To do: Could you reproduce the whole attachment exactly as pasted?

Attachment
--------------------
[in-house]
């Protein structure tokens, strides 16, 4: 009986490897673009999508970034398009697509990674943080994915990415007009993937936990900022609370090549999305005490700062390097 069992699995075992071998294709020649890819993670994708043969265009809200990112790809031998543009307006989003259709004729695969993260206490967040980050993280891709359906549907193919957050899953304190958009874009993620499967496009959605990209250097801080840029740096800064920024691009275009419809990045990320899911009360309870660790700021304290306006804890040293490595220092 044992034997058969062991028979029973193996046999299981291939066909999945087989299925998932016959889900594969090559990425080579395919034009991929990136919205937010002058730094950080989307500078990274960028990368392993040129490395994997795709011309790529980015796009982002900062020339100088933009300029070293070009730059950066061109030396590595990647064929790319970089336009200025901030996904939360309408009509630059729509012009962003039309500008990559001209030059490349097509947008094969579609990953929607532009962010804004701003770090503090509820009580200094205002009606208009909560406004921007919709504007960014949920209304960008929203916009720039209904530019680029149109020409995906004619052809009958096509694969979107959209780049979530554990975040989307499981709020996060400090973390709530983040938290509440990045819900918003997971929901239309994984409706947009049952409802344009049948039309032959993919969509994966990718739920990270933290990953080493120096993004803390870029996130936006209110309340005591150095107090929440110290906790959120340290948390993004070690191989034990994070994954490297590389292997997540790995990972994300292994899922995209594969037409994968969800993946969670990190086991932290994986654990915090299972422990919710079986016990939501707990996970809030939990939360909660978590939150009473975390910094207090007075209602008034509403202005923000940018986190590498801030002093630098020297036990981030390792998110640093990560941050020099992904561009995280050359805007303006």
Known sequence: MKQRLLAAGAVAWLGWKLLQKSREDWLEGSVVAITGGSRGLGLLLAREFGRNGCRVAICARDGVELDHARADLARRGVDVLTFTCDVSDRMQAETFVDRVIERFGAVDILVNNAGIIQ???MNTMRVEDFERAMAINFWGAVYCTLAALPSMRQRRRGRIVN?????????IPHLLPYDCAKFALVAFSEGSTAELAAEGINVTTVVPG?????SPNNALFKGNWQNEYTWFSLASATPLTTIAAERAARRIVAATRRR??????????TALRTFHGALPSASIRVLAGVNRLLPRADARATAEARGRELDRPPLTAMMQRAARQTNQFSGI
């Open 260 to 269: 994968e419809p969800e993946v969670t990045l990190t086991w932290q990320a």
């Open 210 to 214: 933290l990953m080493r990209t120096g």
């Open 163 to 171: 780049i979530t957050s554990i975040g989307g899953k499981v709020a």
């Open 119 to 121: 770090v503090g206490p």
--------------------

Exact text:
[in-house]
């Protein structure tokens, strides 16, 4: 009986490897673009999508970034398009697509990674943080994915990415007009993937936990900022609370090549999305005490700062390097 069992699995075992071998294709020649890819993670994708043969265009809200990112790809031998543009307006989003259709004729695969993260206490967040980050993280891709359906549907193919957050899953304190958009874009993620499967496009959605990209250097801080840029740096800064920024691009275009419809990045990320899911009360309870660790700021304290306006804890040293490595220092 044992034997058969062991028979029973193996046999299981291939066909999945087989299925998932016959889900594969090559990425080579395919034009991929990136919205937010002058730094950080989307500078990274960028990368392993040129490395994997795709011309790529980015796009982002900062020339100088933009300029070293070009730059950066061109030396590595990647064929790319970089336009200025901030996904939360309408009509630059729509012009962003039309500008990559001209030059490349097509947008094969579609990953929607532009962010804004701003770090503090509820009580200094205002009606208009909560406004921007919709504007960014949920209304960008929203916009720039209904530019680029149109020409995906004619052809009958096509694969979107959209780049979530554990975040989307499981709020996060400090973390709530983040938290509440990045819900918003997971929901239309994984409706947009049952409802344009049948039309032959993919969509994966990718739920990270933290990953080493120096993004803390870029996130936006209110309340005591150095107090929440110290906790959120340290948390993004070690191989034990994070994954490297590389292997997540790995990972994300292994899922995209594969037409994968969800993946969670990190086991932290994986654990915090299972422990919710079986016990939501707990996970809030939990939360909660978590939150009473975390910094207090007075209602008034509403202005923000940018986190590498801030002093630098020297036990981030390792998110640093990560941050020099992904561009995280050359805007303006």
Known sequence: MKQRLLAAGAVAWLGWKLLQKSREDWLEGSVVAITGGSRGLGLLLAREFGRNGCRVAICARDGVELDHARADLARRGVDVLTFTCDVSDRMQAETFVDRVIERFGAVDILVNNAGIIQ???MNTMRVEDFERAMAINFWGAVYCTLAALPSMRQRRRGRIVN?????????IPHLLPYDCAKFALVAFSEGSTAELAAEGINVTTVVPG?????SPNNALFKGNWQNEYTWFSLASATPLTTIAAERAARRIVAATRRR??????????TALRTFHGALPSASIRVLAGVNRLLPRADARATAEARGRELDRPPLTAMMQRAARQTNQFSGI
């Open 260 to 269: 994968e419809p969800e993946v969670t990045l990190t086991w932290q990320a």
């Open 210 to 214: 933290l990953m080493r990209t120096g």
């Open 163 to 171: 780049i979530t957050s554990i975040g989307g899953k499981v709020a």
């Open 119 to 121: 770090v503090g206490p």